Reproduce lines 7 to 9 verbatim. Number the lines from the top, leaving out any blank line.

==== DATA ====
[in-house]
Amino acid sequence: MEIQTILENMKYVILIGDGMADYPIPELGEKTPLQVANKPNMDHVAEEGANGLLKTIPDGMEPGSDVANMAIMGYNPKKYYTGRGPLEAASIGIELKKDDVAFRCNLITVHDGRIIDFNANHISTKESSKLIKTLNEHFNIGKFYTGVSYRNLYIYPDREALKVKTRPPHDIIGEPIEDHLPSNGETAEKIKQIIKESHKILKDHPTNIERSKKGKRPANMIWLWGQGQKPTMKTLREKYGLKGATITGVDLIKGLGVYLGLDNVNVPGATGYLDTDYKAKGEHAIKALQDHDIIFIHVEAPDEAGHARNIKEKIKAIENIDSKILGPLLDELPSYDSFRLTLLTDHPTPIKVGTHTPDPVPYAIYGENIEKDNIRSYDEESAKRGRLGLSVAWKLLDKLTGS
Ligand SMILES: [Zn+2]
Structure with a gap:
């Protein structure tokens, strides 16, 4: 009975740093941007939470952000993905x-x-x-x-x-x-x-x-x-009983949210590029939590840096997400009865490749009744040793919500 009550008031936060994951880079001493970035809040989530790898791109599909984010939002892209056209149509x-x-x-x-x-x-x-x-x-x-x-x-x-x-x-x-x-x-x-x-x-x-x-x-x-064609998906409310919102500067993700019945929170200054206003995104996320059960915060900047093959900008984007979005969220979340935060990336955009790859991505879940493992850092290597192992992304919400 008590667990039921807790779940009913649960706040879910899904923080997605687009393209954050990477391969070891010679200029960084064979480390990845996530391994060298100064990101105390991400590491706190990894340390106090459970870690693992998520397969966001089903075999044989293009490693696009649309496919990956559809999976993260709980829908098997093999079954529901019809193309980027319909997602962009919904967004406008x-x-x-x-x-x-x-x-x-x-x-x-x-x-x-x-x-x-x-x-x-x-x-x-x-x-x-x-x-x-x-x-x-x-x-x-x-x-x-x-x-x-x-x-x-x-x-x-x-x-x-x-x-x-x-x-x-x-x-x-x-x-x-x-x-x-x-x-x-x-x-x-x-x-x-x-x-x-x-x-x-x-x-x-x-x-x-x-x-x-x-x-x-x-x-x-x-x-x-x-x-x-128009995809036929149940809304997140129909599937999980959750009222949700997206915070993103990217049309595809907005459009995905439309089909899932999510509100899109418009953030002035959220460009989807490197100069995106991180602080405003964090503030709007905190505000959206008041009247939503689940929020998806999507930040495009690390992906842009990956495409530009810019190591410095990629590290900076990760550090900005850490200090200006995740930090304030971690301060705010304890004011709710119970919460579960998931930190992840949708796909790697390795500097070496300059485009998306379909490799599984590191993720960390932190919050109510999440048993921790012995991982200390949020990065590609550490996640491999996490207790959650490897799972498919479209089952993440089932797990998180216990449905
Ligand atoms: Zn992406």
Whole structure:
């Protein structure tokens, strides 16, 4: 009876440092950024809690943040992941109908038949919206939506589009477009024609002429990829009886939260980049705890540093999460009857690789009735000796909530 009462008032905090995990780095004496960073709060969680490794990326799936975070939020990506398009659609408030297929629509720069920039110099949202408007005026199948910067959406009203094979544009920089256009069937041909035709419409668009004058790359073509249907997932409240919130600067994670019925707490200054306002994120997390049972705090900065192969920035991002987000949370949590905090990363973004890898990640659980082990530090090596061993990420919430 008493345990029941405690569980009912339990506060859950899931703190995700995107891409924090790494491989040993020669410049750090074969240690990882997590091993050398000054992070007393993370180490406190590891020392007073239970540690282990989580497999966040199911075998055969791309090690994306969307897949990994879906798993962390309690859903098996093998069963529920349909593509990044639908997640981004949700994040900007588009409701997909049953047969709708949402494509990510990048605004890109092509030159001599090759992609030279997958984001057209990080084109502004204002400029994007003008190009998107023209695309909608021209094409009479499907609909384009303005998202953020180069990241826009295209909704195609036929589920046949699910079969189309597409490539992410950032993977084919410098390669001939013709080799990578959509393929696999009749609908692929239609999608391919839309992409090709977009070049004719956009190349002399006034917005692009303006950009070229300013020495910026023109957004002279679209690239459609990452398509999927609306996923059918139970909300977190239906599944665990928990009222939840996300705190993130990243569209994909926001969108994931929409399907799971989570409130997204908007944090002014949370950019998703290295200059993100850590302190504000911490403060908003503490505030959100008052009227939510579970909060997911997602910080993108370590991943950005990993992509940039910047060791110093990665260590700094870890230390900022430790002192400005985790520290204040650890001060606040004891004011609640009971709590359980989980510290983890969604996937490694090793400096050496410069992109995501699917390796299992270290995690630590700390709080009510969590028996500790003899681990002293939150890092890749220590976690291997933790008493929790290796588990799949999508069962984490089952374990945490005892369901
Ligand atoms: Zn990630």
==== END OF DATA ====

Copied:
Whole structure:
């Protein structure tokens, strides 16, 4: 009876440092950024809690943040992941109908038949919206939506589009477009024609002429990829009886939260980049705890540093999460009857690789009735000796909530 009462008032905090995990780095004496960073709060969680490794990326799936975070939020990506398009659609408030297929629509720069920039110099949202408007005026199948910067959406009203094979544009920089256009069937041909035709419409668009004058790359073509249907997932409240919130600067994670019925707490200054306002994120997390049972705090900065192969920035991002987000949370949590905090990363973004890898990640659980082990530090090596061993990420919430 008493345990029941405690569980009912339990506060859950899931703190995700995107891409924090790494491989040993020669410049750090074969240690990882997590091993050398000054992070007393993370180490406190590891020392007073239970540690282990989580497999966040199911075998055969791309090690994306969307897949990994879906798993962390309690859903098996093998069963529920349909593509990044639908997640981004949700994040900007588009409701997909049953047969709708949402494509990510990048605004890109092509030159001599090759992609030279997958984001057209990080084109502004204002400029994007003008190009998107023209695309909608021209094409009479499907609909384009303005998202953020180069990241826009295209909704195609036929589920046949699910079969189309597409490539992410950032993977084919410098390669001939013709080799990578959509393929696999009749609908692929239609999608391919839309992409090709977009070049004719956009190349002399006034917005692009303006950009070229300013020495910026023109957004002279679209690239459609990452398509999927609306996923059918139970909300977190239906599944665990928990009222939840996300705190993130990243569209994909926001969108994931929409399907799971989570409130997204908007944090002014949370950019998703290295200059993100850590302190504000911490403060908003503490505030959100008052009227939510579970909060997911997602910080993108370590991943950005990993992509940039910047060791110093990665260590700094870890230390900022430790002192400005985790520290204040650890001060606040004891004011609640009971709590359980989980510290983890969604996937490694090793400096050496410069992109995501699917390796299992270290995690630590700390709080009510969590028996500790003899681990002293939150890092890749220590976690291997933790008493929790290796588990799949999508069962984490089952374990945490005892369901
Ligand atoms: Zn990630």